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An Evaluation of procedures to Assess Cognitive Effort in Malingering of Memory

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If you have a question about this talk, please contact Chan Yin Wah Fiona.

Aims: The objective of this cross-sectional study was to examine the utility of multiple symptom validity tests (SVTs), including symptom-based measures (Cambridge Memory Questionnaire-CMQ and Kapur’s Modified Rey Memory Test-ModRey) and a performance-based memory test (Rivermead Post-concussion Questionnaire-RPQ), in a sample of test-coached simulators.

Method: Forty-two undergraduate students were recruited and randomly assigned to control (n=21) or test coaching (n=21) condition. All participants were administered the above-mentioned SVTs. Inter-test correlations were assessed by partial correlations. Receiver operating characteristic (ROC) curve analysis was used to determine optimal cutoff scores of each SVTs and combinations of multiple SVTs.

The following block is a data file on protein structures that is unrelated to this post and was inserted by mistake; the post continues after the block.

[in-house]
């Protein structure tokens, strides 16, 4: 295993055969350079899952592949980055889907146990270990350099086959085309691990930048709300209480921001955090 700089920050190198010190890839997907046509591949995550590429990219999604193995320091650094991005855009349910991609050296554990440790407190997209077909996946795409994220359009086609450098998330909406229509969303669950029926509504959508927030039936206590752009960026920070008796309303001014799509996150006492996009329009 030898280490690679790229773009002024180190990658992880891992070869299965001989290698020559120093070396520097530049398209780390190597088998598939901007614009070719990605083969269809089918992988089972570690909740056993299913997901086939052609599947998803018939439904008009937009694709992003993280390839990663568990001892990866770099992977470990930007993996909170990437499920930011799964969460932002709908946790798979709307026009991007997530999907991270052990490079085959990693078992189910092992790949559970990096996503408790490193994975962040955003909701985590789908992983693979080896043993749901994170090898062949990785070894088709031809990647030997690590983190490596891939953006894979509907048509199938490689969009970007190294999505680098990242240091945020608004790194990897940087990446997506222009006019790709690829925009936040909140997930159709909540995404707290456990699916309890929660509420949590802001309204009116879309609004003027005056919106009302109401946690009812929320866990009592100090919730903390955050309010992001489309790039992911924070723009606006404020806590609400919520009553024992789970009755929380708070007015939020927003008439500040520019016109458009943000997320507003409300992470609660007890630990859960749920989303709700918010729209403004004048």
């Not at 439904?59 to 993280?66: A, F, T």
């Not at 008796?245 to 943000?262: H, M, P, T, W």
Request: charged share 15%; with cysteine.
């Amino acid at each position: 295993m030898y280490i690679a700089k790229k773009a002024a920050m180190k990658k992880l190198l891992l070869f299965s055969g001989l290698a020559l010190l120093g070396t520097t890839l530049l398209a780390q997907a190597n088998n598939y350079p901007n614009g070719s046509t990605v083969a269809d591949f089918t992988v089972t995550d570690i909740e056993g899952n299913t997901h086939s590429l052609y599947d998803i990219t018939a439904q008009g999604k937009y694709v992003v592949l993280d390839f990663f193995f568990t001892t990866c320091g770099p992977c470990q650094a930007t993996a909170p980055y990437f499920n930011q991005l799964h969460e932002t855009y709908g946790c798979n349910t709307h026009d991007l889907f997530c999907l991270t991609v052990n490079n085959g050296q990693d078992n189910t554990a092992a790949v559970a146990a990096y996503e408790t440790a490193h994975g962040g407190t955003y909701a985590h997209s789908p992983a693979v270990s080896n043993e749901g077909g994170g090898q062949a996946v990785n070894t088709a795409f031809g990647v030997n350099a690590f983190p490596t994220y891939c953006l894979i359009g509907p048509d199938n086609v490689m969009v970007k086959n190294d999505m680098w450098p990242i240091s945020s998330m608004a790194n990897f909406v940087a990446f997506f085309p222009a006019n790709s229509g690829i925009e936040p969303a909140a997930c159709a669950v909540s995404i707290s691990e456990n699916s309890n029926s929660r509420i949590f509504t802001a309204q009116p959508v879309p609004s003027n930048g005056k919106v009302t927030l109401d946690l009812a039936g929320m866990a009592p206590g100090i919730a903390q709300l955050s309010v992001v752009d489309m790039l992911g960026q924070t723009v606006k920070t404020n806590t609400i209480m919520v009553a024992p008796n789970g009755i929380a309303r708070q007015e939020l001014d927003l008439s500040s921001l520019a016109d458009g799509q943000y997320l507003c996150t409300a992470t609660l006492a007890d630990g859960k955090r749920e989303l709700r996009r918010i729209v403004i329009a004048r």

Results: RPQ was found to be correlated with CMQ and ModRey. CMQ did not correlate with ModRey. Results of ROC analyses suggested optimal cutoff score for CMQ -69, RPQ and the qualitative score of ModRey were 81/82, 24/25 and 0/1, yielding specificity ranging from 95% to 100% and sensitivity ranging from 76% to 95%. Using a combination of all three SVTs obtained a cutoff of 1/2 (failing two or more SVTs), yielding a high specificity (100%) and sensitivity (91%).

Conculsions: Our findings lend support to the use of multiple independent SVTs to detection memory malingering. However, the evaluation procedure tested in this study should be used as an adjunct screening procedure rather than as a diagnostic assessment.

This talk is part of the Cambridge Psychometrics Centre Seminars series.

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